At the same time, Fairbank’s second theme centers on the remarkable longevity and ultimate consistency of China’s general cultural foundations. One of the most effective ways in which Fairbank draws the reader into his narrative, and emphasizes the contemporary relevance of earlier Chinese history, is to show how China maintained its basic institutions and way of life despite periodic invasions. As he points out, China’s survival in the face of persistent Inner Asian aggression rested on its ability to find “refuge in social institutions and feelings of cultural and aesthetic superiority.” Indeed, Fairbank maintained that this “culturalism” endured as “something that alien conquest could not take away,” although it would be severely challenged by the coming of the West (p. 25).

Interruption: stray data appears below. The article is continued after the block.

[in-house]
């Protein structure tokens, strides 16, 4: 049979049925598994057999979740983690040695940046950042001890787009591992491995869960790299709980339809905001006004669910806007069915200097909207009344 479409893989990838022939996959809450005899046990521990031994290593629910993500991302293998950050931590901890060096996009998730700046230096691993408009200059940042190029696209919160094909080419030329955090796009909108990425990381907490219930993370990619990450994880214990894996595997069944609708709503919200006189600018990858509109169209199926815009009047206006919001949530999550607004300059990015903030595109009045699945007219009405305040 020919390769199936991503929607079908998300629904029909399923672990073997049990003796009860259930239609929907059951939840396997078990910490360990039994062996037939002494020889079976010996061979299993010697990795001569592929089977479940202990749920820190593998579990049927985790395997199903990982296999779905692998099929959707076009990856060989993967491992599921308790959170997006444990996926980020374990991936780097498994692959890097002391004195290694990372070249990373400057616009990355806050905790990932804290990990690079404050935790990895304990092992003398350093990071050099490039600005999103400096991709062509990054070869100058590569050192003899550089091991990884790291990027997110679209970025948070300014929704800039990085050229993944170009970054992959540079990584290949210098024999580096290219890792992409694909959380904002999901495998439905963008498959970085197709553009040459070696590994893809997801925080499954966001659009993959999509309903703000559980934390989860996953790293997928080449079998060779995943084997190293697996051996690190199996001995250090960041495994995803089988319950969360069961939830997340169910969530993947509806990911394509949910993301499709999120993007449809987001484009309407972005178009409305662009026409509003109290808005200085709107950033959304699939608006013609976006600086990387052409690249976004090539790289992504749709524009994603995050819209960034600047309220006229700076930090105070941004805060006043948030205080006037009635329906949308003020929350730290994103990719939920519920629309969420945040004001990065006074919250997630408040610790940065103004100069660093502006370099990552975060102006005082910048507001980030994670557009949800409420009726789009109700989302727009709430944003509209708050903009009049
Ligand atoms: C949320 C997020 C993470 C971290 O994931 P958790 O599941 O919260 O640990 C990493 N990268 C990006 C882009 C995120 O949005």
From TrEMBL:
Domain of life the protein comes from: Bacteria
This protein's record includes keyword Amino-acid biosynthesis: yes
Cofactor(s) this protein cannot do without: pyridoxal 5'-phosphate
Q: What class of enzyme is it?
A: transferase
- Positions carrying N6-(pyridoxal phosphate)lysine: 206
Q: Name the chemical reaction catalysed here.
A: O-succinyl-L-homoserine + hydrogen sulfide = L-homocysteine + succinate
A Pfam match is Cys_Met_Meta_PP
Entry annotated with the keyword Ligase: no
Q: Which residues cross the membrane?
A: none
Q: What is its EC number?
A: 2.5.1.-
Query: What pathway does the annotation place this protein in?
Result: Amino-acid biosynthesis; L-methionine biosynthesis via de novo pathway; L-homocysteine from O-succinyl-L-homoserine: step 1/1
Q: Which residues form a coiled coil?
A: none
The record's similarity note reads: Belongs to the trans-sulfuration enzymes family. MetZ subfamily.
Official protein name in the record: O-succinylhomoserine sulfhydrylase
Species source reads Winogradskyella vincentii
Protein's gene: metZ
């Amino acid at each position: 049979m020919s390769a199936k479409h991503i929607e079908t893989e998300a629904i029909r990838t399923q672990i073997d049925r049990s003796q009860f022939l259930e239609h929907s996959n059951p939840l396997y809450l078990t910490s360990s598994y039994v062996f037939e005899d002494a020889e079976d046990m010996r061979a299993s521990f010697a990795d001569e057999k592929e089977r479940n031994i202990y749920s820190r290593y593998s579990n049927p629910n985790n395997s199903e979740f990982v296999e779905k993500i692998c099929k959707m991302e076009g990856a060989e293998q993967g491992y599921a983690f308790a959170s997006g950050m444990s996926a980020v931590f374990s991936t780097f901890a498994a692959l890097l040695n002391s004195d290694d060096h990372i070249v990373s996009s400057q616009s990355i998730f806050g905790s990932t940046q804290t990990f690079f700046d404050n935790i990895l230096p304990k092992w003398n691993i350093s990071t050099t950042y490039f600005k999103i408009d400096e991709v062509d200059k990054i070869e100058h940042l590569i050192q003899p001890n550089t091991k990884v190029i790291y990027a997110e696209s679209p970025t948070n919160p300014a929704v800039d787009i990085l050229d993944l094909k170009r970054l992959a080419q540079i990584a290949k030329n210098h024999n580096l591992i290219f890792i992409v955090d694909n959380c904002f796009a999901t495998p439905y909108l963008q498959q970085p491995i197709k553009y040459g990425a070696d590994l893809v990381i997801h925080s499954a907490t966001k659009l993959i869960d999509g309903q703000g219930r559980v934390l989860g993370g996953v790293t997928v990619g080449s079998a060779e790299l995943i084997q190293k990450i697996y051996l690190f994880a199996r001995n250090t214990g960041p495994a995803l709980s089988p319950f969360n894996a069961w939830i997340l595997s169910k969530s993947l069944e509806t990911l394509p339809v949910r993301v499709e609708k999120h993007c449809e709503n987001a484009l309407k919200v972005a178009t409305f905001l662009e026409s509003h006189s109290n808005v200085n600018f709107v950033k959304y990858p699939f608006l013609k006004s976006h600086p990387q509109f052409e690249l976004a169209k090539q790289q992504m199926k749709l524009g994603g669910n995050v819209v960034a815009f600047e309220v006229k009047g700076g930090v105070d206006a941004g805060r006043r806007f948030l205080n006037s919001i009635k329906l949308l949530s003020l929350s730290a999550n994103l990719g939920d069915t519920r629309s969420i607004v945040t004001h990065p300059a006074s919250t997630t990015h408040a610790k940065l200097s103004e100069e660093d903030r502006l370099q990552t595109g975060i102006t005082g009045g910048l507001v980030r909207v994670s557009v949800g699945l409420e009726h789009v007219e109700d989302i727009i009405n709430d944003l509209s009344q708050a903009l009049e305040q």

A third paradigm, emerging out of his discussion on Han unification, concerns the symbiotic relationship between the government’s reliance on violence (wu) and the Confucian valuation of “cultured civility” (wen). As Fairbank shows, from its inception in Han “Imperial Confucianism,” the balancing act between the governmental right to use force and its dependence on moral vindication has marked China’s political and societal equilibrium up through the Cultural Revolution. While not directly addressing the issue in relation to the aftermath of the 1989 Tiananmen Square pro-democracy demonstrations, one suspects that Fairbank would have drawn parallels here as well.